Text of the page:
A reference check is frequently one of the final steps in the job interview process and can often mean that a job offer is on the way.
But how long after a reference check does typically take to get a job offer? And what does it mean if you’re being ghosted by the interviewer after your reference check?
This article will answer those questions and others around how long it takes after a reference check to get a job offer.
- 1 How Long After a Reference Check to Get a Job Offer?
- 2 Will I Receive a Job Offer After a Reference Check?
- 3 What If The Company Has Been Silent and/or Ghosted Me After My Last Reference Check?
- 4 Frequently Asked Questions About Reference Checks and Job Offers
- 4.1 Is a Reference Check the Last Step in the Process?
- 4.2 Is a Reference Check a Good Sign?
- 4.3 Do Employers Check References for Multiple Candidates?
- 4.4 Can You Get Rejected After a Reference Check?
- 4.5 When to Follow Up After a Reference Check?
- 4.6 What If a Company Called My References and I Decide I Don’t Want the Offer?
- 5 Conclusion
How Long After a Reference Check to Get a Job Offer?
In my experience as both a hiring manager and an interviewee, a job offer will typically come 1 – 3 business days after your final reference has been checked.
Will I Receive a Job Offer After a Reference Check?
If you have at least three good and legitimate references that will speak highly of your capabilities for the job to which you applied, you will commonly receive a job offer after a reference check.
Personally, I have never not hired anyone due to a reference check and I have never not been hired after someone checked my references.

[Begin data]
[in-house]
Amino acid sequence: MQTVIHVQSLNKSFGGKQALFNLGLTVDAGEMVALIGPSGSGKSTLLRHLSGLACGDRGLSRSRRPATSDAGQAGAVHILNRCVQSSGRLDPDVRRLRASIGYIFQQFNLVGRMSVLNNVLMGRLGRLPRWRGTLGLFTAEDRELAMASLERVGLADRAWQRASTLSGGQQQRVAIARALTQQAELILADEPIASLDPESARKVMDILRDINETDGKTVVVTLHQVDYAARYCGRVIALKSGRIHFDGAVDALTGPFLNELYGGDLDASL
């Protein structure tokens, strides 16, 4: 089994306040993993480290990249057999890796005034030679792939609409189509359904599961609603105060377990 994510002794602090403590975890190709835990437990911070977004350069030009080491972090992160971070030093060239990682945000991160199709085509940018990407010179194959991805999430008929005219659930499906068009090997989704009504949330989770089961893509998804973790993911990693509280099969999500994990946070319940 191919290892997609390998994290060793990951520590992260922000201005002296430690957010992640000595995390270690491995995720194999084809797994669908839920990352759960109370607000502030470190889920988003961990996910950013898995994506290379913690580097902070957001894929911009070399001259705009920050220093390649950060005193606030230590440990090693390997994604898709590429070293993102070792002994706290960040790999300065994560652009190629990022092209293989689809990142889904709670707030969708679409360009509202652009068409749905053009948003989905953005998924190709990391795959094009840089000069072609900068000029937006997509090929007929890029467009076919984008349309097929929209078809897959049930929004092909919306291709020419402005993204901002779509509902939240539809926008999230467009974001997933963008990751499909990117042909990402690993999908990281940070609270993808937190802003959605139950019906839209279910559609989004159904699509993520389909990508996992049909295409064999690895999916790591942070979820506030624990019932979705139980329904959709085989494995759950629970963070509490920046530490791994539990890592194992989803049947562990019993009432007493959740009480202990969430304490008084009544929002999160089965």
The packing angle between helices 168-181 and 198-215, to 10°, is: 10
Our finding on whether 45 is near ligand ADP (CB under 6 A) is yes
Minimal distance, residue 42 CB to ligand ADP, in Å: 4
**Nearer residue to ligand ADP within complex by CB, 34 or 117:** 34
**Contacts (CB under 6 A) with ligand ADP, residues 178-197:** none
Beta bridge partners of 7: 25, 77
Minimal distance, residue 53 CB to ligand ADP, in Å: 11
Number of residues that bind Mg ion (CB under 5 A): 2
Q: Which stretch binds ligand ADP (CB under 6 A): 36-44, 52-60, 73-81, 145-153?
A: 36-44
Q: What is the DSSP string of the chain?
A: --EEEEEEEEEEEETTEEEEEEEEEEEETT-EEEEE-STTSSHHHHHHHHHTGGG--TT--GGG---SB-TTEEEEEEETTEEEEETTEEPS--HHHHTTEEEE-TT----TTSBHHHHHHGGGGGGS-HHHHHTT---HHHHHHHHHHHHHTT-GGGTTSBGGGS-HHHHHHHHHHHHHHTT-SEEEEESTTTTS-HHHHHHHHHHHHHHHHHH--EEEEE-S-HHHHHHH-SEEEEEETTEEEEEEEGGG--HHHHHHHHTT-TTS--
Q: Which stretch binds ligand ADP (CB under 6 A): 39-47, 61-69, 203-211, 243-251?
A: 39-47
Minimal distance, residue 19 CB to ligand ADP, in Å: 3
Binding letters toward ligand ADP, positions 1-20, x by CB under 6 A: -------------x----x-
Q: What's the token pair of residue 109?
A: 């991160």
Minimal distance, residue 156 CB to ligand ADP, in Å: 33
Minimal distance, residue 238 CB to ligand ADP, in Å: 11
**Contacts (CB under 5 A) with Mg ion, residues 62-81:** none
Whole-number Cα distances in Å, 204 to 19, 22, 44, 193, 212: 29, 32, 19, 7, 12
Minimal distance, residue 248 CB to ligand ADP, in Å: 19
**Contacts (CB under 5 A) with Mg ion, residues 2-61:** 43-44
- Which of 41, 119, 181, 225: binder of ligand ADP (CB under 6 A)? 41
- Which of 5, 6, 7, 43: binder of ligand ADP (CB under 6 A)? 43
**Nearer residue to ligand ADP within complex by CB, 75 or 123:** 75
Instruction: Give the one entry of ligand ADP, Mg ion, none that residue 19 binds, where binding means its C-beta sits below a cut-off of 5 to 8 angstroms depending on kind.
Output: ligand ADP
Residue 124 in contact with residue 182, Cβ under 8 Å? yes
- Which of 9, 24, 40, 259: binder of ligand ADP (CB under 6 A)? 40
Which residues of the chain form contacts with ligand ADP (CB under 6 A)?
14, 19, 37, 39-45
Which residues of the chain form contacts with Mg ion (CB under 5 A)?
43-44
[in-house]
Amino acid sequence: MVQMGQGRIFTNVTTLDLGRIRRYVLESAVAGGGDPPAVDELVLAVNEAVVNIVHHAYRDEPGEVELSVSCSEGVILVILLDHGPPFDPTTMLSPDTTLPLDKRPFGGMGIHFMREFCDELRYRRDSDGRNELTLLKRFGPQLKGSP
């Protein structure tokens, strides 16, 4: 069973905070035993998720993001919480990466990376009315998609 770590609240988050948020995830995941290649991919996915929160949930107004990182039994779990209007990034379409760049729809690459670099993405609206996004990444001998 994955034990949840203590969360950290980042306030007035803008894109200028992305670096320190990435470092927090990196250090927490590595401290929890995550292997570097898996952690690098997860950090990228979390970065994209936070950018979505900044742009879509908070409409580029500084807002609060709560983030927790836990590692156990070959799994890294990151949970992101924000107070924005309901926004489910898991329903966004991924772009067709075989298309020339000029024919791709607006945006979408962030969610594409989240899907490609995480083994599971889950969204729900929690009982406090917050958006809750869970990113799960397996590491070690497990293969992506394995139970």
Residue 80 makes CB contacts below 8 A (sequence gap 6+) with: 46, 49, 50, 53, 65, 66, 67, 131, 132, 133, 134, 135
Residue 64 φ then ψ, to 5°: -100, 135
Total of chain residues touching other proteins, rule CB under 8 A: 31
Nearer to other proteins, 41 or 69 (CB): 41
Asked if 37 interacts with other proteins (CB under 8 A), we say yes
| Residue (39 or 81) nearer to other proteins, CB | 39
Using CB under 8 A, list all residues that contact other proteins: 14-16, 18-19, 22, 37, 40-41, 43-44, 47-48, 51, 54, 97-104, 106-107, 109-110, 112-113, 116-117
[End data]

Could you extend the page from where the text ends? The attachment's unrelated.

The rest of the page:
That said, there is no guarantee that you will receive a job offer after a reference check. And I have had managers who have not hired people due to red flags that came up in the reference check process.
For a complete article on the topic, check out our article titled “Will I Receive a Job Offer After a Reference Check?“.
What If The Company Has Been Silent and/or Ghosted Me After My Last Reference Check?
If you know for sure that a company has spoken to all of your references, and you have not heard from them for over a week since that point, that could be a red flag that you will not be receiving a job offer.
Significant delays in communication from a hiring company, particularly if it is a change in their normal pace of communication, is one of the more common red flags that you will not be receiving a job offer.
For more information on common reasons why you might being ghosted by a company after a reference check, take a look at this article.
Frequently Asked Questions About Reference Checks and Job Offers
Outside of the question of how long after a reference check to get a job offer, many people have related questions about how the reference check process relates to a potential offer, which are answered below:
Is a Reference Check the Last Step in the Process?
In general, a reference check will be the last step in the process of deciding whether or not to make a candidate a job offer.
For more on what happens after a reference check, take a look at our dedicated article on the topic.